women deeply conceal a knowledge within them by which they know how to skillfully tame men, if they wish, and make them subject to their command … On the part of ill-bred wives, this is accomplished by scoldings and periodic commendations; in some cases by continually hard and unpleasant looks, and in similar cases by other tactics. On the part of well-bred wives, however, it is accomplished by persistent and incessant pressings of requests, and by stubbornly resisting and opposing their husbands if they suffer hardships on their account, insisting on their right of equality by law and making themselves brazenly obstinate because of it. (CL 292)
The fact is, women are able to gain control of men because “a man acts in accord with his intellect and a woman in accord with her will; and the will can be stubborn, but not the intellect” (CL 292) Therefore women should be particularly wary of any inclination to stubbornness. It is the nature of a wife to lead the internal of her husband from love, and secretly moderate his affections so that they two can be conjoined in wisdom and judgment. However, it is stubbornness when a women is unwilling to moderated by the rational sight of truth presented by her husband.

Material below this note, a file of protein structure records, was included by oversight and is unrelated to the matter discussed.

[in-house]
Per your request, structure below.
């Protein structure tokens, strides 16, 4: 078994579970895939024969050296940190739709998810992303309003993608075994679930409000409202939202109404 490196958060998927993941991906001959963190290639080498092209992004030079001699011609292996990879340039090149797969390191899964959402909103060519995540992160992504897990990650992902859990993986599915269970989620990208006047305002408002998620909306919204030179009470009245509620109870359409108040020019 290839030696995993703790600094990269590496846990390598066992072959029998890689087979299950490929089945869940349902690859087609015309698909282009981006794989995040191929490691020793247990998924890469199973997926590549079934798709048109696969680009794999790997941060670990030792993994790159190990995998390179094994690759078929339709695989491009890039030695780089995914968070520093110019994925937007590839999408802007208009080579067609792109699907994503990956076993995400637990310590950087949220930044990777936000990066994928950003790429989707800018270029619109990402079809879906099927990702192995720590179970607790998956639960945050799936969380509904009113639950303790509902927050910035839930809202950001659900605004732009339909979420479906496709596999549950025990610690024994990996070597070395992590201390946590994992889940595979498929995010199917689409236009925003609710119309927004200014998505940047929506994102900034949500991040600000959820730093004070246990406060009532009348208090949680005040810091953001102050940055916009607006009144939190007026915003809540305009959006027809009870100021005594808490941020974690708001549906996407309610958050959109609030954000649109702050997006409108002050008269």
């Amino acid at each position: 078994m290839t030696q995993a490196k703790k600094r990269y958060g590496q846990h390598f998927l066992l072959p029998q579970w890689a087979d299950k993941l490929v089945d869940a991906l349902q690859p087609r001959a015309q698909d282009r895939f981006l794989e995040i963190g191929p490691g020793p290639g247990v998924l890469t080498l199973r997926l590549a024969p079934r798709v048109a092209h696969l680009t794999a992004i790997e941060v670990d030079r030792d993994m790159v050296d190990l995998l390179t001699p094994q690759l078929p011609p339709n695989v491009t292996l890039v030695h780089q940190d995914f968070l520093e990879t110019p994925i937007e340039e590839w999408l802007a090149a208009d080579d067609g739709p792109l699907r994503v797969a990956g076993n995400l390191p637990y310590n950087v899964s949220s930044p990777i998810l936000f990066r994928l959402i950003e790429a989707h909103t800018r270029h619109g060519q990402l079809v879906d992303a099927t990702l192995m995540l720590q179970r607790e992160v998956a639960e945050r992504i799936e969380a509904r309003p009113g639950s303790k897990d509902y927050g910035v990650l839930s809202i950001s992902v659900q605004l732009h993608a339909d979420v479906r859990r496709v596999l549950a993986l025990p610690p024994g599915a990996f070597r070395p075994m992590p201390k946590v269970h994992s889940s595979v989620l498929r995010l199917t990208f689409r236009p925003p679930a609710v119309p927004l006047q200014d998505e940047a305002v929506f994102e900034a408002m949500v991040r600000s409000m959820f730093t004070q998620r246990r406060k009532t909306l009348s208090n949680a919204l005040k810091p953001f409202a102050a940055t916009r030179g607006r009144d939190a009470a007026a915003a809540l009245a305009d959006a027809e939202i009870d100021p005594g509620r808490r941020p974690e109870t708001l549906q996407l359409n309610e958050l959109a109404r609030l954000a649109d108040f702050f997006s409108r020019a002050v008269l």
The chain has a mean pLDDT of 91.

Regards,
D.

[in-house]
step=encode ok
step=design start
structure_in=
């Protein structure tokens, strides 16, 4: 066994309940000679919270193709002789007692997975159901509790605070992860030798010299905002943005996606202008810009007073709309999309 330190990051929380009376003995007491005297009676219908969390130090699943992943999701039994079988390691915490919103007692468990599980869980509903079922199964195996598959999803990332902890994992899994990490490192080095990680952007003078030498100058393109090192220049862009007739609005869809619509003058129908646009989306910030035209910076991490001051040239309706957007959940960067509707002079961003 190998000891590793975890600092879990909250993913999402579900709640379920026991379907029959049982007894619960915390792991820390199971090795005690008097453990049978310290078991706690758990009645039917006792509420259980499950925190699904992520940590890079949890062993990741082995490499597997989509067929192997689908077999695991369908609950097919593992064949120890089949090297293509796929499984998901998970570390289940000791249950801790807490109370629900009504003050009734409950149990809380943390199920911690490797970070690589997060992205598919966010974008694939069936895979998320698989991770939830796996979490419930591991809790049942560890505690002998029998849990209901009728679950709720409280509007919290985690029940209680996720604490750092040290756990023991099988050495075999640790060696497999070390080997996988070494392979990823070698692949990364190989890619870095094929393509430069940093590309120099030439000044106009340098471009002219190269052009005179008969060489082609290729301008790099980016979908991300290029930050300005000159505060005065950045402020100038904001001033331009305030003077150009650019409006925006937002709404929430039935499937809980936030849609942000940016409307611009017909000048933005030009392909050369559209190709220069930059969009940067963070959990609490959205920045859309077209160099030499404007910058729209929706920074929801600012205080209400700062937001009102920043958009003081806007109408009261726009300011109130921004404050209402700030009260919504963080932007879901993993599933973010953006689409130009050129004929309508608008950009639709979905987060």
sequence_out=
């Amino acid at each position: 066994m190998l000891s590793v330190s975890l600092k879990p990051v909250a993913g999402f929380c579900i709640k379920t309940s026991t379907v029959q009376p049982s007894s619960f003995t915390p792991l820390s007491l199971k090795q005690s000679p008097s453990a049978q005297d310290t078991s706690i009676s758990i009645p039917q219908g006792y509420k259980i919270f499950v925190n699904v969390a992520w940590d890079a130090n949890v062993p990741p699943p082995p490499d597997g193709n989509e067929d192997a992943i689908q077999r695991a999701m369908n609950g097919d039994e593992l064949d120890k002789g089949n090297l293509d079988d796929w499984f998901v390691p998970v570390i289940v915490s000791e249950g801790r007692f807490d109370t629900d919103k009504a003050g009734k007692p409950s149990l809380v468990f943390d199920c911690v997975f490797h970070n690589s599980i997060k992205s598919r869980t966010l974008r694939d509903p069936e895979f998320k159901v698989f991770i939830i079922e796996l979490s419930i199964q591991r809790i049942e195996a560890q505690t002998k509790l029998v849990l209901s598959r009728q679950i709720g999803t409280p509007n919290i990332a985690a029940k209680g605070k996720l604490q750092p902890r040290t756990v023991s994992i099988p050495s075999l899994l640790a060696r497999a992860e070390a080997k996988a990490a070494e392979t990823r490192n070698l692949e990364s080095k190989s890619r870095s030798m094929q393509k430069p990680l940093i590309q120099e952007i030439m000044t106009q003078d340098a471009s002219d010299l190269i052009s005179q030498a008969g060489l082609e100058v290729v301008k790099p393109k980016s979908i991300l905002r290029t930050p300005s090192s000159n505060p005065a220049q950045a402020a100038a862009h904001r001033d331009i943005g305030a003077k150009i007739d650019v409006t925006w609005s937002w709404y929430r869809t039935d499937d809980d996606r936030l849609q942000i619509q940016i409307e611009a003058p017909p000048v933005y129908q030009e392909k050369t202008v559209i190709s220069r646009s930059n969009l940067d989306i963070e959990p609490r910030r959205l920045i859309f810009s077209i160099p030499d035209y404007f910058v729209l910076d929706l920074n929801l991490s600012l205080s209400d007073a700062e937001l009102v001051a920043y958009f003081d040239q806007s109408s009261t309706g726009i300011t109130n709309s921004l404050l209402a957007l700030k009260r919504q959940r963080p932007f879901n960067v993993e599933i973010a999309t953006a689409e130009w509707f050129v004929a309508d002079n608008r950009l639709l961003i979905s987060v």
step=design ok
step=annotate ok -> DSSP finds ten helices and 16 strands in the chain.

Resisting the urge to dominate becomes particularly challenging when men are in states of coldness with respect to marriage, or in states of obscurity with respect to wisdom (which in many cases are one and the same). However, women need to remember that it is their conjugial love from the Lord that actually gives life to a man’s wisdom. Therefore, although in externals, as was seen earlier, a women may use a wide varieties of tactics to awaken in men a desire to pursue wisdom and shun insanity; let women beware of crossing that fine line between moderation and manipulation.
A fifth warning to women, is to remember the difference between men and women in times of cold. At times both partners may fall back on simulating their part of the conjugial relationship. However, as was seen previously, with men this is evidence of an interior cold, whereas “simulations on the part of wives are not the same as simulations on the part of men. Even if they appear similar to them, they are expressions of real love, because women are born forms of love for the understanding of men. They accept their husbands’ displays of favor graciously, therefore, if not in words, still in heart” (CL 285).